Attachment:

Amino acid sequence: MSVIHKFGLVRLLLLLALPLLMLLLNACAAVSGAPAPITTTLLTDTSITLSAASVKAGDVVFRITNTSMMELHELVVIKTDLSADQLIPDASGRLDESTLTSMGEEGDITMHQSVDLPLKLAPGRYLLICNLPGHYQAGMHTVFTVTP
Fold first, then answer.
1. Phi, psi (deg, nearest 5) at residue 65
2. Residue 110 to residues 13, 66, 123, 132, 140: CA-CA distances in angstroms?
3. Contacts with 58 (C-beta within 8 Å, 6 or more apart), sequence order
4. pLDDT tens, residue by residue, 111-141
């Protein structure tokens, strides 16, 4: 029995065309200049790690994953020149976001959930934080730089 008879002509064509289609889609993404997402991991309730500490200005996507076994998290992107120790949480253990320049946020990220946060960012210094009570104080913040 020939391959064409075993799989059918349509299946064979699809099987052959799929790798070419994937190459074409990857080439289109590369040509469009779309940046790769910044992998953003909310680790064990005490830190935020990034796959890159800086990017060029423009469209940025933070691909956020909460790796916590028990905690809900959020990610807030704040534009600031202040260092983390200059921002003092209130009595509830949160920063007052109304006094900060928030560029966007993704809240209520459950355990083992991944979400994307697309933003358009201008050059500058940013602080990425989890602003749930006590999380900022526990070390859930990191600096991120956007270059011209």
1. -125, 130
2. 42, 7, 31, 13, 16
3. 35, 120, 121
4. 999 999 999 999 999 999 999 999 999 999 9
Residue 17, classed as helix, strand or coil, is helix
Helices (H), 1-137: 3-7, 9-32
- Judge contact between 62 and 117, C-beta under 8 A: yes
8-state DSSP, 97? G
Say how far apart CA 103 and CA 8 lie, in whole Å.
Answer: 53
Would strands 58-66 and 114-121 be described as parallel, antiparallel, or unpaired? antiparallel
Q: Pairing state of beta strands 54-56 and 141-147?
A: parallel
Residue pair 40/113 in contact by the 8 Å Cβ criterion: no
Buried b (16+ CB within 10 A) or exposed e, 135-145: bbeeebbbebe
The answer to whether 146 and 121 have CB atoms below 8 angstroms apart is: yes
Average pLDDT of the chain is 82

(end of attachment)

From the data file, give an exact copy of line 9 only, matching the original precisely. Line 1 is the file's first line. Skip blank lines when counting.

2. 42, 7, 31, 13, 16